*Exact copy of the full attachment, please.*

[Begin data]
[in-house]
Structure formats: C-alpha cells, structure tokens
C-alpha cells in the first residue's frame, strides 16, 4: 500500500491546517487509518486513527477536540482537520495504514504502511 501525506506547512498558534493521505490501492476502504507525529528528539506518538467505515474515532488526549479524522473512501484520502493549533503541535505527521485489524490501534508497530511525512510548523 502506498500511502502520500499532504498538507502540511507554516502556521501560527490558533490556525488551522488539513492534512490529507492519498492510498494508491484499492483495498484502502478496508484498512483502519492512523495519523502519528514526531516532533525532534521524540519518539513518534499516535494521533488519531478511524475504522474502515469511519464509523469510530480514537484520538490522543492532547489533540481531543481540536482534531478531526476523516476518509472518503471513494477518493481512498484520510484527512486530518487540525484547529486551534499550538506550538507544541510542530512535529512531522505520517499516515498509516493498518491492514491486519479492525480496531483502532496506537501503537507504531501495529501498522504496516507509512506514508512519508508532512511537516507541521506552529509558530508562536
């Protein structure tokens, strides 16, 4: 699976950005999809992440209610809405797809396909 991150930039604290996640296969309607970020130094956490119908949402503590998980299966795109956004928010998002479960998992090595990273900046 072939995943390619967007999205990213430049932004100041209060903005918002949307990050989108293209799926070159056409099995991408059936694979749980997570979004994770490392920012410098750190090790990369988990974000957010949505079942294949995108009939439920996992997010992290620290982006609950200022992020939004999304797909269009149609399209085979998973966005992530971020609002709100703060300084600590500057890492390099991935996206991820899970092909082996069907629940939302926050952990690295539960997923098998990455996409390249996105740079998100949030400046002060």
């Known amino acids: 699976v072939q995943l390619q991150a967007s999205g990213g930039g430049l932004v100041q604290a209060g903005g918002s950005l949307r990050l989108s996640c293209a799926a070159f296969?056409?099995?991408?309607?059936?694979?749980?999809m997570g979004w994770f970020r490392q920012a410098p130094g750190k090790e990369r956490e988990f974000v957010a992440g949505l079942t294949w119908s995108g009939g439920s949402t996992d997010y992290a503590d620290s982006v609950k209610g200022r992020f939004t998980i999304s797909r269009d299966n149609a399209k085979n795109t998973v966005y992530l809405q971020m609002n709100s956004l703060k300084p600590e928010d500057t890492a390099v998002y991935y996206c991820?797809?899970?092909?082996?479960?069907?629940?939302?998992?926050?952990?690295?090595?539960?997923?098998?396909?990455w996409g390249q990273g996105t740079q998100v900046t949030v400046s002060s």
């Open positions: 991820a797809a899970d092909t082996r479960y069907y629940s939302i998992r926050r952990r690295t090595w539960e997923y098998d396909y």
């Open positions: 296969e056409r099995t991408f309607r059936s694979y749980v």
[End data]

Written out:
[in-house]
Structure formats: C-alpha cells, structure tokens
C-alpha cells in the first residue's frame, strides 16, 4: 500500500491546517487509518486513527477536540482537520495504514504502511 501525506506547512498558534493521505490501492476502504507525529528528539506518538467505515474515532488526549479524522473512501484520502493549533503541535505527521485489524490501534508497530511525512510548523 502506498500511502502520500499532504498538507502540511507554516502556521501560527490558533490556525488551522488539513492534512490529507492519498492510498494508491484499492483495498484502502478496508484498512483502519492512523495519523502519528514526531516532533525532534521524540519518539513518534499516535494521533488519531478511524475504522474502515469511519464509523469510530480514537484520538490522543492532547489533540481531543481540536482534531478531526476523516476518509472518503471513494477518493481512498484520510484527512486530518487540525484547529486551534499550538506550538507544541510542530512535529512531522505520517499516515498509516493498518491492514491486519479492525480496531483502532496506537501503537507504531501495529501498522504496516507509512506514508512519508508532512511537516507541521506552529509558530508562536
């Protein structure tokens, strides 16, 4: 699976950005999809992440209610809405797809396909 991150930039604290996640296969309607970020130094956490119908949402503590998980299966795109956004928010998002479960998992090595990273900046 072939995943390619967007999205990213430049932004100041209060903005918002949307990050989108293209799926070159056409099995991408059936694979749980997570979004994770490392920012410098750190090790990369988990974000957010949505079942294949995108009939439920996992997010992290620290982006609950200022992020939004999304797909269009149609399209085979998973966005992530971020609002709100703060300084600590500057890492390099991935996206991820899970092909082996069907629940939302926050952990690295539960997923098998990455996409390249996105740079998100949030400046002060």
């Known amino acids: 699976v072939q995943l390619q991150a967007s999205g990213g930039g430049l932004v100041q604290a209060g903005g918002s950005l949307r990050l989108s996640c293209a799926a070159f296969?056409?099995?991408?309607?059936?694979?749980?999809m997570g979004w994770f970020r490392q920012a410098p130094g750190k090790e990369r956490e988990f974000v957010a992440g949505l079942t294949w119908s995108g009939g439920s949402t996992d997010y992290a503590d620290s982006v609950k209610g200022r992020f939004t998980i999304s797909r269009d299966n149609a399209k085979n795109t998973v966005y992530l809405q971020m609002n709100s956004l703060k300084p600590e928010d500057t890492a390099v998002y991935y996206c991820?797809?899970?092909?082996?479960?069907?629940?939302?998992?926050?952990?690295?090595?539960?997923?098998?396909?990455w996409g390249q990273g996105t740079q998100v900046t949030v400046s002060s």
């Open positions: 991820a797809a899970d092909t082996r479960y069907y629940s939302i998992r926050r952990r690295t090595w539960e997923y098998d396909y």
């Open positions: 296969e056409r099995t991408f309607r059936s694979y749980v």